In Austria the Alps rise up to towering heights without preamble. There’s a pretty valley dotted with alpine houses, a small rise barely tall enough to be called a hill, and then – whomp – a 13,000 foot mountain. Right there in the backyard. All granite and topped with snow.
It’s a stunning backdrop no matter where you look. And we’re lucky to have family who live right in the middle of this enchanted land.
Mike and Selina (and baby Mena) have been wonderful hosts, showing us all the sights. Today the seven of us not in a stroller visited Eisriesenwelt – Austria’s Ice Cave.
When I think of a cave tour, I picture the ones back home where you walk up to a hole in the ground that some farmer fell in and turned into tourist trap. Usually there’s lots of signs posted about how dark the cave is, how slippery the floor is, and warnings about a small staircase. They even count the steps to reach the bottom so that folks with a hip replacement have a chance to chicken out.
So thinking this was another hole in the ground, I was surprised at the steep road up to Eisriesenwelt. The car climbed and climbed, twisted and turned up around switchbacks and hairpins. If I’ve translated the German correctly, and I think I have, that road is also used as a practice track for the Austrian bobsled team.
We tumbled out of the car, a little queasy, into a small parking lot with a hefty climb to the ticket counter. I was all but winded when we passed through the turnstile gates. “Where’s the cave?” I asked. People pointed up.
We started up a gravel path. And kept climbing. Steeper and steeper. Huffing and puffing. We climbed forever. Day turned into night. The seasons changed. And still we were climbing higher.
At last we reached a small wooden hut. Ah, good, I thought, we’re here. “Oh, no,” Mike said, “This is just the cable car.”
But then the real climb began. We were above the tree line, above the clouds, and climbing what I estimate to be a 70% grade. On the side of the path vultures were picking at the bleached bones of tourists who didn’t make it. And still we climbed.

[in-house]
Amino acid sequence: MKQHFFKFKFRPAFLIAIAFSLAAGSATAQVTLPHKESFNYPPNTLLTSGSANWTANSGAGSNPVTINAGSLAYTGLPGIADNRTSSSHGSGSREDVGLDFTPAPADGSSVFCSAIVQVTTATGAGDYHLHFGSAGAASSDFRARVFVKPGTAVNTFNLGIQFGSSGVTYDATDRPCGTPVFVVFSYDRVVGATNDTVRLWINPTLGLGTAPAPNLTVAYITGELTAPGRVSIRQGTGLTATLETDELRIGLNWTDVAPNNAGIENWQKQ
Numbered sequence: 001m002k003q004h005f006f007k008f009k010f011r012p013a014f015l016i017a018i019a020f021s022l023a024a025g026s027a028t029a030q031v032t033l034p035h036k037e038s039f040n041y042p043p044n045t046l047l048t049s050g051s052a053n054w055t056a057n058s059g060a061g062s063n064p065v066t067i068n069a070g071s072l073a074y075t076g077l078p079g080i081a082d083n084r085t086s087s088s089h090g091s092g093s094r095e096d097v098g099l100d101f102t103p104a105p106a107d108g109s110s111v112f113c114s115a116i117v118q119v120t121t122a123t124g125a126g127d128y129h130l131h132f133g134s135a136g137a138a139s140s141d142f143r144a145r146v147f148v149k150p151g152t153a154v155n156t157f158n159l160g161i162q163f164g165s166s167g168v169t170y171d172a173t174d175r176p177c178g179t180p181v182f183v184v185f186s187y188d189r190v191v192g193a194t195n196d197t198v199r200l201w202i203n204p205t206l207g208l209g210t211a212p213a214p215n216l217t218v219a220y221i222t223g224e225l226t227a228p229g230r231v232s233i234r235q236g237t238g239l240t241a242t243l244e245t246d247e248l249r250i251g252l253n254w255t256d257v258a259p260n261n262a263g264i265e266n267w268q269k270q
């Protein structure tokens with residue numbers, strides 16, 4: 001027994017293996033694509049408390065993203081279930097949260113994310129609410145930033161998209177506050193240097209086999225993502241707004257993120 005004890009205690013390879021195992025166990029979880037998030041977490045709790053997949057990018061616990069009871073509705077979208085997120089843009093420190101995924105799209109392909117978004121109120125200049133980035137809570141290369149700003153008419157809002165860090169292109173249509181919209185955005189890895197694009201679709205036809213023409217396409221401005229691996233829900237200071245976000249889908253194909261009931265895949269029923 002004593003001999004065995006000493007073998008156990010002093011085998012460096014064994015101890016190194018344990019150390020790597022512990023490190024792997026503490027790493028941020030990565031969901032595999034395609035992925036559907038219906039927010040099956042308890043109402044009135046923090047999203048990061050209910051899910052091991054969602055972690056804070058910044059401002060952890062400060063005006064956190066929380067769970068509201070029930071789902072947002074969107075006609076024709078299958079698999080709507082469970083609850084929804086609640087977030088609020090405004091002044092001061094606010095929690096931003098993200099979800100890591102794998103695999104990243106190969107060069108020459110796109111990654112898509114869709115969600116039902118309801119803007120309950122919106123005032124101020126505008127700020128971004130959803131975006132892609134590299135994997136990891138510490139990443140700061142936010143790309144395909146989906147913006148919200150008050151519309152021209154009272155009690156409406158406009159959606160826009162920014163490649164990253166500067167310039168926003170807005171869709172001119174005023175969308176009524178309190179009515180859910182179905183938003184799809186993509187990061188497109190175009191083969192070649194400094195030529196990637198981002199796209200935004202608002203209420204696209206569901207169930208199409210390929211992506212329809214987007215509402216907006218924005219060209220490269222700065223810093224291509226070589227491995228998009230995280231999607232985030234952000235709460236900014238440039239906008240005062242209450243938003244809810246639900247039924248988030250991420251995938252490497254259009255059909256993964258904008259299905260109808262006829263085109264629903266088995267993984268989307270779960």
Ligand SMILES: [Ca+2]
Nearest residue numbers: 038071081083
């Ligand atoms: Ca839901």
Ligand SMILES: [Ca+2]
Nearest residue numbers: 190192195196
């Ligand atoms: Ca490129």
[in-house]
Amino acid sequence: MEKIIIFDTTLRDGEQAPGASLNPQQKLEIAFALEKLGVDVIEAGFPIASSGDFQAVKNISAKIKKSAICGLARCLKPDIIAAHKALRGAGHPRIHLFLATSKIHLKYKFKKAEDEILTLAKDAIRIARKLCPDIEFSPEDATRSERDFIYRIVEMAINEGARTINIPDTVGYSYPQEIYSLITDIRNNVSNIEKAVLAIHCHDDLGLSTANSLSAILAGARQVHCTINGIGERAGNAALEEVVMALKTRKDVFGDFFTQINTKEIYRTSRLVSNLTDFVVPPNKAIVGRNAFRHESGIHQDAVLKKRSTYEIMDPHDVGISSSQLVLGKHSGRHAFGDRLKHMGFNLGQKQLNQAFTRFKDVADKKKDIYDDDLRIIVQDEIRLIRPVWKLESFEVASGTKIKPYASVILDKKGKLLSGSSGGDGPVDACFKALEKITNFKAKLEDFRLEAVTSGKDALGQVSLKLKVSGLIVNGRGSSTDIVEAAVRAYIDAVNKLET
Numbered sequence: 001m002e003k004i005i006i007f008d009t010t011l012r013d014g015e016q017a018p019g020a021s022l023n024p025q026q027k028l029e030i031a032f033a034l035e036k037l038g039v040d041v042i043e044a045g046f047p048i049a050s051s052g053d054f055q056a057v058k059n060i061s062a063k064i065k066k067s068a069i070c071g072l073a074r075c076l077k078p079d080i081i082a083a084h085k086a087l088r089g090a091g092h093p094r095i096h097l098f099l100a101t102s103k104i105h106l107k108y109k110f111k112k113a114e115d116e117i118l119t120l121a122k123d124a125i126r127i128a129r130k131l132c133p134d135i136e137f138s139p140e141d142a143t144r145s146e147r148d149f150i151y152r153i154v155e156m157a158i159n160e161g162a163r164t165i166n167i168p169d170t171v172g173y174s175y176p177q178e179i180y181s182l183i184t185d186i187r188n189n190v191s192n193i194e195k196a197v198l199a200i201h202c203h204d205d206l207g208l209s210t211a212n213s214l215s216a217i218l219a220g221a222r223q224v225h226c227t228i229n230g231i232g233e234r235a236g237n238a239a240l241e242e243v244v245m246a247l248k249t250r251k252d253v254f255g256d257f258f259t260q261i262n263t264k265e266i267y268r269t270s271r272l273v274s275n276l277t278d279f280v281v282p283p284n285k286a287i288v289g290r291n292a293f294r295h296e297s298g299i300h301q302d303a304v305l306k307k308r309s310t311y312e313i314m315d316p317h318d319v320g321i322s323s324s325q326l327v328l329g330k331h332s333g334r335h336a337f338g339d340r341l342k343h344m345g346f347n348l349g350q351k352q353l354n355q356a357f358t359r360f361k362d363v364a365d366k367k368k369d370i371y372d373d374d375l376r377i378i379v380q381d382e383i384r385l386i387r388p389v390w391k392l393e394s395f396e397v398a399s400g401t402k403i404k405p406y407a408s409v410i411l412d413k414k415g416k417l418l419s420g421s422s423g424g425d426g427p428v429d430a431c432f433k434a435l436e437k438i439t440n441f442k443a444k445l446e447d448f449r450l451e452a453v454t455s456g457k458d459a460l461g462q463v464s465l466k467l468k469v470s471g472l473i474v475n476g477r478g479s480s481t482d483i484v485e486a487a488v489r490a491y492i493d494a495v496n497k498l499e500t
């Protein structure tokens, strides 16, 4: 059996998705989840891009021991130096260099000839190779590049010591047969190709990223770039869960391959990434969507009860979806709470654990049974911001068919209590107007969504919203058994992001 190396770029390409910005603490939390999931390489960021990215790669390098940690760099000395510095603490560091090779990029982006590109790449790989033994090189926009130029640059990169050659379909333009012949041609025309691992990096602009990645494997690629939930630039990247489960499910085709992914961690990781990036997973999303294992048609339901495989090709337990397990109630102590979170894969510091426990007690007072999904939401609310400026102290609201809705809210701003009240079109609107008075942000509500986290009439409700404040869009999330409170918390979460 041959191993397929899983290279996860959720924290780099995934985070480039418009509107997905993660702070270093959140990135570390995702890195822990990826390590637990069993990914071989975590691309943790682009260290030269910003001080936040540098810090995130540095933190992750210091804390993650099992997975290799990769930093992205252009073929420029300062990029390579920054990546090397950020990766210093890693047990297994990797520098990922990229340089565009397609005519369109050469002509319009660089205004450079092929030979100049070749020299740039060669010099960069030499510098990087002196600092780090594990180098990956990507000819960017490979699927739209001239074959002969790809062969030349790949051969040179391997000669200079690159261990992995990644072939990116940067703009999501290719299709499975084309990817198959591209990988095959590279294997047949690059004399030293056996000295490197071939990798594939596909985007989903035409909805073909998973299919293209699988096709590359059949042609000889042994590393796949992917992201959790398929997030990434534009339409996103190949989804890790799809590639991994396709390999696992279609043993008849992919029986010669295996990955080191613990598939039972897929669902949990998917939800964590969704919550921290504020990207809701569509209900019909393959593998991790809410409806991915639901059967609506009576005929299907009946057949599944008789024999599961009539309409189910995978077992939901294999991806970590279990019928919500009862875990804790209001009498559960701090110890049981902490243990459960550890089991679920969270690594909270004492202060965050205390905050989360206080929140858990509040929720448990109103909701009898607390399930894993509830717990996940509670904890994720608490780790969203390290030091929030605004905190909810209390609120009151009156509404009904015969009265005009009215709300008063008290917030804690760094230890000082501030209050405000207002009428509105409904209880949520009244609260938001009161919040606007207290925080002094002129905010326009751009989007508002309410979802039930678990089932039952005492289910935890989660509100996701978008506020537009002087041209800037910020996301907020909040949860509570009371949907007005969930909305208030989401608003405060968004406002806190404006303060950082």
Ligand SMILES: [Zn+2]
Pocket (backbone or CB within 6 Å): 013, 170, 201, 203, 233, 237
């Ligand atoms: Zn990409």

The guard rails were ankle high and the valley floor was too far below to see. My vision blurred and my knees stopped flexing. Everyone else was sprinting along, a good two miles ahead of me. At one point they realized someone was missing and turned around. The last hundred meters were scaled by hanging on to Tim’s belt with Mike pushing from behind.
Then we were at the cave entrance. But there was no time to catch my heaving breath because our tour was starting. The guide announced that we would be entering the side of the mountain and would reach the summit via a staircase with 750 steps. I felt a tear freeze to my cheek.
Up we went. Into the cold and dark, climbing a staircase with 750 steps. The cavern was filled with ice floes, but I barely noticed. Every step was a life or death struggle. Once in a while the guide would stop and announce something that I couldn’t quite hear for all the ringing in my ears.
We reached the summit at last and the guide paused long enough to light a tungsten fuse nailed into the ice so we could see the blue glacier. My legs would have been screaming but they’d gone numb ages ago. I’ve got one word of advice for the Austrians: benches. There was nowhere to sit down, and before I could even come to a full stop we were headed back down the 750 icy steps.
An hour later back in the parking lot when I could finally summon enough breath to speak I had a few choice words for Mike, which I will abbreviate here to simply, Love ya too.